This year the Annual General Meeting of the American Society of Questioned Document Examiners (ASQDE) is being held in Indianapolis, Indiana on August 24 through 29, 2013. In keeping with the theme, “Demonstrative Science: Illustrating Findings in Reports and Court Testimony”, I will be presenting a one-day workshop entitled “Conclusion Scales and Logical Inference” on Sunday, August 25.
This will be the 4th iteration of this workshop and I hope it will be one of the more interesting sessions.
The ASQDE is a large and very important group of forensic document examiners. Members come from all parts of North America but mainly the USA, while guest attendees come from all around the world so there is always a great mix of people with different backgrounds and experience. That factor will likely be apparent in the workshop since some of the attendees come from lab systems where a likelihood-ratio approach is being used for evidence evaluation. And that’s the main topic of the workshop: it is basically an introduction to the coherent logical approach; aka, the likelihood-ratio approach, or simply the LR approach.
This is not the ‘traditional’ approach used in North America, or many other parts of the world, for evidence evaluation or reporting of conclusions. However, several aspects of our ‘traditional’ approach have been challenged by both external critics and some forensic scientists. Some of the issues can, at least in theory, be addressed very well using the LR approach to evidence evaluation. Not that it is a panacea for every problem but the LR approach is relatively easy to apply and helps to ensure both the evaluation and reporting of findings are logically coherent and sound. At the same time, this approach is being advocated for all types of forensic evidence. Change is coming and it is critical that FDEs learn more about this topic if only to be prepared.
Aside from this particular workshop there is a lot of great stuff planned for the conference. I hope to post some thoughts about the conference as it proceeds. That should include, of course, more information about the topics of logical inference, reasoning, evidence evaluation and conclusions. Stay tuned!!
Followup 1: Okay, just a quick post mid-meeting to say that the workshop/seminar went very well from my perspective. I was not able to include the ‘advanced’ information at the end since I ran out of time. A single day just wasn’t enough to cover everything in detail. At least, not while permitting some necessary and healthy discussion along the way. I must say I was extremely pleased with the group’s willingness to listen and try to understand. These concepts are not trivial — they are not easy to get on the first (or even second) listening. I felt that the reception was generally open and more positive than negative. And, if I am being honest, that was a bit unexpected. There were several people who were vocal in their concerns about this approach and generally quite adamant that it cannot work for one reason or another. I respectfully disagree and point out only that nothing will work if you aren’t willing to give it a try. For those people I would also say that, as a minimum, it is important to cast a critical eye on what is being done now (the status quo) and really question whether or not it is as ‘perfect’ as they believe.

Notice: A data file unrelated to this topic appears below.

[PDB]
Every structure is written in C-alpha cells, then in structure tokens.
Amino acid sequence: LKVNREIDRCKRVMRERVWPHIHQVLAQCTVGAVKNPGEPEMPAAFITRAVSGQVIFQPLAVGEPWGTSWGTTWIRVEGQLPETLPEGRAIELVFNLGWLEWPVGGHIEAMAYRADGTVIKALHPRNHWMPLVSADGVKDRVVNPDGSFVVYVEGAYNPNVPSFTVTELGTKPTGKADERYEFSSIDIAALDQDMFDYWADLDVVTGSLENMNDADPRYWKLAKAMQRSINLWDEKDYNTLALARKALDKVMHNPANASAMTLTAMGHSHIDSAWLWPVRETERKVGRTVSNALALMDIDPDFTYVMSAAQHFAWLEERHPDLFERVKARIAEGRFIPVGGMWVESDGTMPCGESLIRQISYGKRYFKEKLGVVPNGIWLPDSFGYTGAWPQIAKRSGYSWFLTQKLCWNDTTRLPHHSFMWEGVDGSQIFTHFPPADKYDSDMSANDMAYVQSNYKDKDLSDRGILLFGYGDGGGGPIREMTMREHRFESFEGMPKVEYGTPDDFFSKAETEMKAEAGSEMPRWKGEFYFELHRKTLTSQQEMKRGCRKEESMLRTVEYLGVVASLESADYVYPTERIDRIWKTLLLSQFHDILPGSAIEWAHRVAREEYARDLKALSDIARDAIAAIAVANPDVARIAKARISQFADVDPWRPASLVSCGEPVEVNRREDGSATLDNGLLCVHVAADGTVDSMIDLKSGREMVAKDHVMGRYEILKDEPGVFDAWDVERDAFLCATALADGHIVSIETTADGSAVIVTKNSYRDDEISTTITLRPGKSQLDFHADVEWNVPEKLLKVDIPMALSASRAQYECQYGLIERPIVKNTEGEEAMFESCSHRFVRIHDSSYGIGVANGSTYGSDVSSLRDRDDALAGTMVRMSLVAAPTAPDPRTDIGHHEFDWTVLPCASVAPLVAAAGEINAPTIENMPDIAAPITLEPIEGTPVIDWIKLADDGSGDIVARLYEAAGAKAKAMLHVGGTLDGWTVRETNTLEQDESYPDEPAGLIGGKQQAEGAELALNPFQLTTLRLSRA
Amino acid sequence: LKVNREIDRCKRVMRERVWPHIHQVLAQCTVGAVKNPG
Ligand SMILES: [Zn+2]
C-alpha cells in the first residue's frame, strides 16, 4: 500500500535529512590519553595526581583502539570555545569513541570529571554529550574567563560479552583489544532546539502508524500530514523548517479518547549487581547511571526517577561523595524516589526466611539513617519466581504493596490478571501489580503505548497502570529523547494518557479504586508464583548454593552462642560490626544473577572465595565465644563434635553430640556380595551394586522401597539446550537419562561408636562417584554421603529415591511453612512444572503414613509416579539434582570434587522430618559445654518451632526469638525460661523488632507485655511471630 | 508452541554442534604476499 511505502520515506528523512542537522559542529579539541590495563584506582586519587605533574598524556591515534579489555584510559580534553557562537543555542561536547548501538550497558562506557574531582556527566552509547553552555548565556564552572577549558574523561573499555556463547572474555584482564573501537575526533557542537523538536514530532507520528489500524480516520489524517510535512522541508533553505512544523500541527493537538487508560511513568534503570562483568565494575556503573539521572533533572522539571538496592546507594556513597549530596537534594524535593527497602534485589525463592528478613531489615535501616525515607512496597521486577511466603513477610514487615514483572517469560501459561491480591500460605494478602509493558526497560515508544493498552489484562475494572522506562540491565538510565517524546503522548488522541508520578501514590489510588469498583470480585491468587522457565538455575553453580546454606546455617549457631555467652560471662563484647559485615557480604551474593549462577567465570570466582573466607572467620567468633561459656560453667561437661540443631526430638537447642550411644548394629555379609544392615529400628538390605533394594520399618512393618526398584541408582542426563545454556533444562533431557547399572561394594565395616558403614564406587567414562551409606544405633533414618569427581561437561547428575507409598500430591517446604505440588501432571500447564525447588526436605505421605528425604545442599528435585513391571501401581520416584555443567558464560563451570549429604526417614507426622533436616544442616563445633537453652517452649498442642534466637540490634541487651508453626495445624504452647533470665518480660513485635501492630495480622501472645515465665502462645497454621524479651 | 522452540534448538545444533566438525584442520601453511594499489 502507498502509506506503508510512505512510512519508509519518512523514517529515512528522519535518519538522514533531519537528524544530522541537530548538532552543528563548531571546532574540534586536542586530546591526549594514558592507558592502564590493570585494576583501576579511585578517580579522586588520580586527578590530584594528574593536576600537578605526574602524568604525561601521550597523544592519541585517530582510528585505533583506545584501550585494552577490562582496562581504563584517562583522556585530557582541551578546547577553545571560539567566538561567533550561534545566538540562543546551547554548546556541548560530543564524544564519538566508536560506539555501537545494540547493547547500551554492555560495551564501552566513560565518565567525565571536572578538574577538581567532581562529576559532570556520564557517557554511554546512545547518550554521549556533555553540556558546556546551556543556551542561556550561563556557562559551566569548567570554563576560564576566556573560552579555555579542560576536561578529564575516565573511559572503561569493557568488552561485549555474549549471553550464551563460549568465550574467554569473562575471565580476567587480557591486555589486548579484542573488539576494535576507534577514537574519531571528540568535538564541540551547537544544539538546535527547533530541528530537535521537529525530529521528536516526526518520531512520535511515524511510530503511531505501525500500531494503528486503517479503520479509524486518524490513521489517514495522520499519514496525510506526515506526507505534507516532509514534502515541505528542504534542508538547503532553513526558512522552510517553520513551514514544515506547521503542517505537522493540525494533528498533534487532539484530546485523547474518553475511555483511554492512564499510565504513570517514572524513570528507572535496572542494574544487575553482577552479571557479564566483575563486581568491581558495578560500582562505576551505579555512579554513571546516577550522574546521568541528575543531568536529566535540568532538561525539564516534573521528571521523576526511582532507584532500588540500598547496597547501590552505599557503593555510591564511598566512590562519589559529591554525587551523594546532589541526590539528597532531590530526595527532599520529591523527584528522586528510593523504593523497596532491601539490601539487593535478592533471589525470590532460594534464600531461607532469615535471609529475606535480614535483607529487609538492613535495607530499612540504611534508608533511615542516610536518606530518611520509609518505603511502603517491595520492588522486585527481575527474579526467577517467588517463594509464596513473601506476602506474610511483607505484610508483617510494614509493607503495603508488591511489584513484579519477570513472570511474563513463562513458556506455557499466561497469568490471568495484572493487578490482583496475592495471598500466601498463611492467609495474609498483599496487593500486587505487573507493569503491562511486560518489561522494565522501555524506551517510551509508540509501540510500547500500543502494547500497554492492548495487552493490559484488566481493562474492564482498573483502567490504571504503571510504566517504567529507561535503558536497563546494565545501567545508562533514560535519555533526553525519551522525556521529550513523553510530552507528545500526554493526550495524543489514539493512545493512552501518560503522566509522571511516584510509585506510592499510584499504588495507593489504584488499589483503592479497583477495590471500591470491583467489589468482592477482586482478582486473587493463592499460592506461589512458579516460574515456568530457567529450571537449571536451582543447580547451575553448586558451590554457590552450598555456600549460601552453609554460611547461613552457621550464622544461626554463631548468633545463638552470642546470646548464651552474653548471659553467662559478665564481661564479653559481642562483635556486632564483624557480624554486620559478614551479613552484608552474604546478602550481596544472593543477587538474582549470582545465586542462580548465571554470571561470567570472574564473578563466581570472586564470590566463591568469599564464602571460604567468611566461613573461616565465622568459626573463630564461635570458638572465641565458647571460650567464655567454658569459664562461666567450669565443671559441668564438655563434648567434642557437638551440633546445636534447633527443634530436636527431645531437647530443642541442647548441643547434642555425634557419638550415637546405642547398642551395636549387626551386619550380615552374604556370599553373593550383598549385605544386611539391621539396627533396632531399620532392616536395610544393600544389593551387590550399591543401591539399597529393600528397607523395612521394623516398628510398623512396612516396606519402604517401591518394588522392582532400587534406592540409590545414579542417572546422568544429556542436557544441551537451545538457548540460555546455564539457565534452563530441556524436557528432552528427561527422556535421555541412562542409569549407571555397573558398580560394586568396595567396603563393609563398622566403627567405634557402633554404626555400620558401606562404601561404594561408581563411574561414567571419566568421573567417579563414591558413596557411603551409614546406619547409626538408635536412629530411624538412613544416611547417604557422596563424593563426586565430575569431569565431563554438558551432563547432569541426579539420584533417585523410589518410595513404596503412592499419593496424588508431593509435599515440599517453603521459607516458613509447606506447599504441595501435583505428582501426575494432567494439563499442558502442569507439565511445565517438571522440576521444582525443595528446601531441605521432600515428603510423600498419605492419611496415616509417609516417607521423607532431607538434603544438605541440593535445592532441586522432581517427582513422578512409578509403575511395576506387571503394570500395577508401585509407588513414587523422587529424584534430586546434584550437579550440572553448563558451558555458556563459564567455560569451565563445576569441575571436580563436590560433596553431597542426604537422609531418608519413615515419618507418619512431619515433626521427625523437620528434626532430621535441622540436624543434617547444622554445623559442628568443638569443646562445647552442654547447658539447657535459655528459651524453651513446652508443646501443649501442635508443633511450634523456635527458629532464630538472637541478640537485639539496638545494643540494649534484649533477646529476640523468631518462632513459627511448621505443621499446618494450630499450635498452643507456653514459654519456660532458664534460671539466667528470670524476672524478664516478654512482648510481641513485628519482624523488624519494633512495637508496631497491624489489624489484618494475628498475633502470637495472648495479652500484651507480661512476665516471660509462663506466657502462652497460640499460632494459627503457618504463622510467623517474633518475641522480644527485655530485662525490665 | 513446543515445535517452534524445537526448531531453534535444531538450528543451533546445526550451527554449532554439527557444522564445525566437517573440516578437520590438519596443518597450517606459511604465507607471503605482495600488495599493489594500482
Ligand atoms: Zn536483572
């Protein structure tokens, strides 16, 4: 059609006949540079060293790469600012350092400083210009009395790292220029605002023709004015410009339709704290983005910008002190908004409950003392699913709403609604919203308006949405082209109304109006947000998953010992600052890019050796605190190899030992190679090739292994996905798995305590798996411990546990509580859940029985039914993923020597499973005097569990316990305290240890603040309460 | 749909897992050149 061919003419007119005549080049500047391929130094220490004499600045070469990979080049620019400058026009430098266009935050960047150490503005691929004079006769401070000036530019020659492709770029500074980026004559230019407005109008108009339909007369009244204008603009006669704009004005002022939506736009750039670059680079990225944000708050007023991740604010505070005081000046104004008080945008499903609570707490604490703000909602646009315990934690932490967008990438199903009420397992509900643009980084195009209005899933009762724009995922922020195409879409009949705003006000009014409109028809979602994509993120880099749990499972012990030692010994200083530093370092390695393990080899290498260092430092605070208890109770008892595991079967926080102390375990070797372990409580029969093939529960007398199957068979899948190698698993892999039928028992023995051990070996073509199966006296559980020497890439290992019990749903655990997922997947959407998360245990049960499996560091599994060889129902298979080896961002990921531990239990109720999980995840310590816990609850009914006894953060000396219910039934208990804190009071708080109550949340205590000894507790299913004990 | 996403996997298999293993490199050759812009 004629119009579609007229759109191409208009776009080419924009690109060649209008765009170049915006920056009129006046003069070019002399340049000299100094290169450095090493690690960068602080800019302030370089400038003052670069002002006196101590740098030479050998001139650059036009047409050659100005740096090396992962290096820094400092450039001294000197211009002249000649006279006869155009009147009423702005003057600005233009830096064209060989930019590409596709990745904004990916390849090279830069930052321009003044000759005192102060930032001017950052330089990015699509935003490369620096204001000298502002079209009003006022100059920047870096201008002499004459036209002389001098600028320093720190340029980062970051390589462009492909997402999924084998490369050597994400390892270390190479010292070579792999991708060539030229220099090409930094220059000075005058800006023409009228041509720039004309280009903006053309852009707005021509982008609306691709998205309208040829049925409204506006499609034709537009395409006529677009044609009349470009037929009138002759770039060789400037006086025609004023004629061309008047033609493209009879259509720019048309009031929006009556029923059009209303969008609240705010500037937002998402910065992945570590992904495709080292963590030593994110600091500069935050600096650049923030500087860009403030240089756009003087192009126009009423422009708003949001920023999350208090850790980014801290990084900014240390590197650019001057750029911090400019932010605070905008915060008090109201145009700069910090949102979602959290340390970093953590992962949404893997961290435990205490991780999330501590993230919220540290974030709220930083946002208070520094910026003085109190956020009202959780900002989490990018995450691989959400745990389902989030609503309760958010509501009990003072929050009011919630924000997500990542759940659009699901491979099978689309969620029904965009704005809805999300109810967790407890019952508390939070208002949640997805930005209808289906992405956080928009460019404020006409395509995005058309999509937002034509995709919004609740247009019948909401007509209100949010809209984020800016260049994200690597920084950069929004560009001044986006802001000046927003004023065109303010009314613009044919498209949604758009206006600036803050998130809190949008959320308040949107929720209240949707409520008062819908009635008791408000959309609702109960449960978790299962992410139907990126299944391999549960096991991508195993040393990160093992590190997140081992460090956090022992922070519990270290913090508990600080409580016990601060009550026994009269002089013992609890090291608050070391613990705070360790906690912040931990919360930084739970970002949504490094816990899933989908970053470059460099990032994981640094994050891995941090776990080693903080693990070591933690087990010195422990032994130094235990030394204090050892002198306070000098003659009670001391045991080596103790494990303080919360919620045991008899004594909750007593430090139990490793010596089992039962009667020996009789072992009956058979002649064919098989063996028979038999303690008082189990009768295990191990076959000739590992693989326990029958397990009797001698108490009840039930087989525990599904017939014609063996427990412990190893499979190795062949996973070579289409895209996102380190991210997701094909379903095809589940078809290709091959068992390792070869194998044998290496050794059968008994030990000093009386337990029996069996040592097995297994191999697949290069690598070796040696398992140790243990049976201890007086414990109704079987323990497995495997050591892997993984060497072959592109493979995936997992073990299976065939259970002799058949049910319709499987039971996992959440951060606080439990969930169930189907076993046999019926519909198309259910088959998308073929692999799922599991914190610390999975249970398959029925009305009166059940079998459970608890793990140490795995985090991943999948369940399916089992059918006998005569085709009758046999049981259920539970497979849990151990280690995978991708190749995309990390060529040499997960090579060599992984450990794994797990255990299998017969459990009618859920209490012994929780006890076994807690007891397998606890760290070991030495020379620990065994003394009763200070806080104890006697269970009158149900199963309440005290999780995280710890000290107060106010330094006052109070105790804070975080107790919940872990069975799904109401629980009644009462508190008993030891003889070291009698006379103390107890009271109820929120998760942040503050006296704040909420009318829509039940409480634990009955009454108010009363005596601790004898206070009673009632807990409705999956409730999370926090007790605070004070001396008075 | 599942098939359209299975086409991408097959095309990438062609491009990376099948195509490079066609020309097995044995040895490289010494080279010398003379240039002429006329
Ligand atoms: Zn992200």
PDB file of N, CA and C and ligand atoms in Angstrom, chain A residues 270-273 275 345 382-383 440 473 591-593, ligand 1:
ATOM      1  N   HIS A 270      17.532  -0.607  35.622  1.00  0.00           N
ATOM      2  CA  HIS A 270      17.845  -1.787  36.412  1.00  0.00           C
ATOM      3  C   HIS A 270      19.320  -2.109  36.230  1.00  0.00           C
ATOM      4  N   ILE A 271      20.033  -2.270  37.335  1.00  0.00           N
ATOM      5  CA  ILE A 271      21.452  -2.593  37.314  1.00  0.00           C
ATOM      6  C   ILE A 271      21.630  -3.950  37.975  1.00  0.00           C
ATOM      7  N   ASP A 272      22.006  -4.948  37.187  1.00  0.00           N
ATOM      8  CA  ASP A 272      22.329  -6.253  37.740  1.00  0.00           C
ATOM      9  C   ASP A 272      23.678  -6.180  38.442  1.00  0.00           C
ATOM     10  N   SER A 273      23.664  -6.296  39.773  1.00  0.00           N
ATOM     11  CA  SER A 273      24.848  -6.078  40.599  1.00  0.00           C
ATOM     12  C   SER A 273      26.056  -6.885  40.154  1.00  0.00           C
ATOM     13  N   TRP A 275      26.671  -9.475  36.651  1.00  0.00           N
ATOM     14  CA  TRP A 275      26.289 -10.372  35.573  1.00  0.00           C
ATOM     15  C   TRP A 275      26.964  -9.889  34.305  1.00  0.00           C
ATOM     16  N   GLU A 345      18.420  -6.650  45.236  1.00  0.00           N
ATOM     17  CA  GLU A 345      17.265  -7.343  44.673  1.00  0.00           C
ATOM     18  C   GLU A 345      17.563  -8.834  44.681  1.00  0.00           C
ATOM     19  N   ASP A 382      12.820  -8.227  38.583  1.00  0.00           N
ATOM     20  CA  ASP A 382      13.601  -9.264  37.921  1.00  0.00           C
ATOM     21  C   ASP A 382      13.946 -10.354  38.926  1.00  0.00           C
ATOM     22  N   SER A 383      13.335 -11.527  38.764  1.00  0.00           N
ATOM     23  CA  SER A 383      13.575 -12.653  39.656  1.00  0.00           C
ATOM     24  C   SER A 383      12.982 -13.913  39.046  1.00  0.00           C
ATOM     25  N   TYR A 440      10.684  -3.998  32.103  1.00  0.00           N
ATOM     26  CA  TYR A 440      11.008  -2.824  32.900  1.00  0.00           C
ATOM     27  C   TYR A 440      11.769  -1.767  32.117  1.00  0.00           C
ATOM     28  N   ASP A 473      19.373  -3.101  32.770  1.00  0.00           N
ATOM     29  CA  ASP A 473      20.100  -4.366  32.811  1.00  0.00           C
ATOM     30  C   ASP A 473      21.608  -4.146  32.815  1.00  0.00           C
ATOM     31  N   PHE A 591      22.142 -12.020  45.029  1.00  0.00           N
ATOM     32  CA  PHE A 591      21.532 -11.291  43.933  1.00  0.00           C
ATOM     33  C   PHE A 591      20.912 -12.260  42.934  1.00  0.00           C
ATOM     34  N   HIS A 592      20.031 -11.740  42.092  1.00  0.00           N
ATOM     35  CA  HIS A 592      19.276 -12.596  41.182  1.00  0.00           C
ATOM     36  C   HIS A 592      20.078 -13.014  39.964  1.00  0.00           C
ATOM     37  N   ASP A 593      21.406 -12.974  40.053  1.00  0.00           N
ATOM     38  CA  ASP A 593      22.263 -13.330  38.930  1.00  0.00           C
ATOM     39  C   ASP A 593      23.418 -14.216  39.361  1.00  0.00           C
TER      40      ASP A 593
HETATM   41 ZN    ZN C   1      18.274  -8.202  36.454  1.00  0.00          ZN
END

At any rate, my purpose in giving this workshop was not to ‘sell’ the approach, per se. That may sound strange to some because at times I am sure that’s how my message came across (some years ago I was told I should have been a preacher — not a great idea for a huge number of reasons best left unsaid but I do understand why they said it). A sales pitch was most definitely not my intent. I have a very open mind and, while I may believe one approach is clearly better, I also firmly believe that people need to make up their own minds. This is a discussion that must take place at the discipline level. Prove to me that there is something better and I will support it fully. Indeed, in the sense of this being a discipline discussion, my view of this does not, and should not, matter all that much. I just hope that after the workshop we will be in a better position to discuss, argue or debate (as necessary) the pros and cons of adopting such an approach, staying with what we use now or choosing something else entirely. That was the purpose behind the workshop.
It was fun for me (despite working through a terribly sore and hoarse voice). I hope others enjoyed it as well.